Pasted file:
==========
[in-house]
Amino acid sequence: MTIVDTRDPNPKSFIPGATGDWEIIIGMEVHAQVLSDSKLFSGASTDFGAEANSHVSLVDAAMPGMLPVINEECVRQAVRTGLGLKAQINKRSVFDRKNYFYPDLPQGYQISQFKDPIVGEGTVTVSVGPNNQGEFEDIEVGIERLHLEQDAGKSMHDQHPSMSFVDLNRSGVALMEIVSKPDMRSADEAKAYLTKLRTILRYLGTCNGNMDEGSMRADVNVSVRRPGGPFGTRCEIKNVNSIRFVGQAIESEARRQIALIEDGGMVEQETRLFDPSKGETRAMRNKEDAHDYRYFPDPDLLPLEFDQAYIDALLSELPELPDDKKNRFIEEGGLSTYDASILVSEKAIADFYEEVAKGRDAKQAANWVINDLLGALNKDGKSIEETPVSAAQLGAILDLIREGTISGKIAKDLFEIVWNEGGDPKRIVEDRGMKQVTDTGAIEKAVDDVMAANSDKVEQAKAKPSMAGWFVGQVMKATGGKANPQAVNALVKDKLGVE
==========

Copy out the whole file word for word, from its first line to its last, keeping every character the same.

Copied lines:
[in-house]
Amino acid sequence: MTIVDTRDPNPKSFIPGATGDWEIIIGMEVHAQVLSDSKLFSGASTDFGAEANSHVSLVDAAMPGMLPVINEECVRQAVRTGLGLKAQINKRSVFDRKNYFYPDLPQGYQISQFKDPIVGEGTVTVSVGPNNQGEFEDIEVGIERLHLEQDAGKSMHDQHPSMSFVDLNRSGVALMEIVSKPDMRSADEAKAYLTKLRTILRYLGTCNGNMDEGSMRADVNVSVRRPGGPFGTRCEIKNVNSIRFVGQAIESEARRQIALIEDGGMVEQETRLFDPSKGETRAMRNKEDAHDYRYFPDPDLLPLEFDQAYIDALLSELPELPDDKKNRFIEEGGLSTYDASILVSEKAIADFYEEVAKGRDAKQAANWVINDLLGALNKDGKSIEETPVSAAQLGAILDLIREGTISGKIAKDLFEIVWNEGGDPKRIVEDRGMKQVTDTGAIEKAVDDVMAANSDKVEQAKAKPSMAGWFVGQVMKATGGKANPQAVNALVKDKLGVE